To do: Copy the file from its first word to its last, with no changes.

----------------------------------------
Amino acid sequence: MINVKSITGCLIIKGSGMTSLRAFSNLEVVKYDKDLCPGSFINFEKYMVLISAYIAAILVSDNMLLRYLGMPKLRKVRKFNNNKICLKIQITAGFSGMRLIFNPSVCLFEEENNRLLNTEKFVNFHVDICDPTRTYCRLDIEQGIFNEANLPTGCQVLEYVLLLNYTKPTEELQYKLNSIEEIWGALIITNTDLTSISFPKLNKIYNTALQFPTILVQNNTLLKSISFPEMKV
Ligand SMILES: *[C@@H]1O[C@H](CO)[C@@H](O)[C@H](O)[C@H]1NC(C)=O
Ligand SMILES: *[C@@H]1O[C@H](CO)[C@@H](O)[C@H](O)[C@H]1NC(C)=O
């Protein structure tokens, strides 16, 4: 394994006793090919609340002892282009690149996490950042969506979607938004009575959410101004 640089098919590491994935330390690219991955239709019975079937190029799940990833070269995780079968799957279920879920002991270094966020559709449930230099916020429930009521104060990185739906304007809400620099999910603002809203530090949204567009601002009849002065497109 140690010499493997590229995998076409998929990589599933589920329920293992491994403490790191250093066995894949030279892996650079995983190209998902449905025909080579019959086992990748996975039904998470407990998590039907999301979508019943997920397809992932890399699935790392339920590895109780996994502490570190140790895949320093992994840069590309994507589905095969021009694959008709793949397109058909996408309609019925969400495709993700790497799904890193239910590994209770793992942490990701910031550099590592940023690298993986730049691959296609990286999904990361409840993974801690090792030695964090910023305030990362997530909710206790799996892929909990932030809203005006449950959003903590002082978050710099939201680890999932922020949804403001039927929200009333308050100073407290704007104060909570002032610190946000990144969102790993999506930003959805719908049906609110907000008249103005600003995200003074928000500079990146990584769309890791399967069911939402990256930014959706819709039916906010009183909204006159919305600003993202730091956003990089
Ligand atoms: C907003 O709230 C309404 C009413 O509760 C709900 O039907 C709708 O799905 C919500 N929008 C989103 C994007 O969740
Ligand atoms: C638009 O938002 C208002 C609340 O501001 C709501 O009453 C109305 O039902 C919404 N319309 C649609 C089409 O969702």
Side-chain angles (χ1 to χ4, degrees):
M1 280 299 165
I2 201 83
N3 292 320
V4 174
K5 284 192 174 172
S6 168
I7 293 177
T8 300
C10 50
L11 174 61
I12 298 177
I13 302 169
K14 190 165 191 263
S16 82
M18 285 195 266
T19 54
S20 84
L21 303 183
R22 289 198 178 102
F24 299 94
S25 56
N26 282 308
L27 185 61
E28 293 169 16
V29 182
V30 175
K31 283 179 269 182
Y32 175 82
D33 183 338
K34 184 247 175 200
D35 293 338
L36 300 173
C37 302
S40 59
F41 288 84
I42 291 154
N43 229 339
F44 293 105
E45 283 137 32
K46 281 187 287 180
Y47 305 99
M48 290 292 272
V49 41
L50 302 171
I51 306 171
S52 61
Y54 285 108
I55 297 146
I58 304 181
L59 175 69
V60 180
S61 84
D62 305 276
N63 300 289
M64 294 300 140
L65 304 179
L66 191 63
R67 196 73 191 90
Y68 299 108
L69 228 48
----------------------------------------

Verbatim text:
Amino acid sequence: MINVKSITGCLIIKGSGMTSLRAFSNLEVVKYDKDLCPGSFINFEKYMVLISAYIAAILVSDNMLLRYLGMPKLRKVRKFNNNKICLKIQITAGFSGMRLIFNPSVCLFEEENNRLLNTEKFVNFHVDICDPTRTYCRLDIEQGIFNEANLPTGCQVLEYVLLLNYTKPTEELQYKLNSIEEIWGALIITNTDLTSISFPKLNKIYNTALQFPTILVQNNTLLKSISFPEMKV
Ligand SMILES: *[C@@H]1O[C@H](CO)[C@@H](O)[C@H](O)[C@H]1NC(C)=O
Ligand SMILES: *[C@@H]1O[C@H](CO)[C@@H](O)[C@H](O)[C@H]1NC(C)=O
């Protein structure tokens, strides 16, 4: 394994006793090919609340002892282009690149996490950042969506979607938004009575959410101004 640089098919590491994935330390690219991955239709019975079937190029799940990833070269995780079968799957279920879920002991270094966020559709449930230099916020429930009521104060990185739906304007809400620099999910603002809203530090949204567009601002009849002065497109 140690010499493997590229995998076409998929990589599933589920329920293992491994403490790191250093066995894949030279892996650079995983190209998902449905025909080579019959086992990748996975039904998470407990998590039907999301979508019943997920397809992932890399699935790392339920590895109780996994502490570190140790895949320093992994840069590309994507589905095969021009694959008709793949397109058909996408309609019925969400495709993700790497799904890193239910590994209770793992942490990701910031550099590592940023690298993986730049691959296609990286999904990361409840993974801690090792030695964090910023305030990362997530909710206790799996892929909990932030809203005006449950959003903590002082978050710099939201680890999932922020949804403001039927929200009333308050100073407290704007104060909570002032610190946000990144969102790993999506930003959805719908049906609110907000008249103005600003995200003074928000500079990146990584769309890791399967069911939402990256930014959706819709039916906010009183909204006159919305600003993202730091956003990089
Ligand atoms: C907003 O709230 C309404 C009413 O509760 C709900 O039907 C709708 O799905 C919500 N929008 C989103 C994007 O969740
Ligand atoms: C638009 O938002 C208002 C609340 O501001 C709501 O009453 C109305 O039902 C919404 N319309 C649609 C089409 O969702």
Side-chain angles (χ1 to χ4, degrees):
M1 280 299 165
I2 201 83
N3 292 320
V4 174
K5 284 192 174 172
S6 168
I7 293 177
T8 300
C10 50
L11 174 61
I12 298 177
I13 302 169
K14 190 165 191 263
S16 82
M18 285 195 266
T19 54
S20 84
L21 303 183
R22 289 198 178 102
F24 299 94
S25 56
N26 282 308
L27 185 61
E28 293 169 16
V29 182
V30 175
K31 283 179 269 182
Y32 175 82
D33 183 338
K34 184 247 175 200
D35 293 338
L36 300 173
C37 302
S40 59
F41 288 84
I42 291 154
N43 229 339
F44 293 105
E45 283 137 32
K46 281 187 287 180
Y47 305 99
M48 290 292 272
V49 41
L50 302 171
I51 306 171
S52 61
Y54 285 108
I55 297 146
I58 304 181
L59 175 69
V60 180
S61 84
D62 305 276
N63 300 289
M64 294 300 140
L65 304 179
L66 191 63
R67 196 73 191 90
Y68 299 108
L69 228 48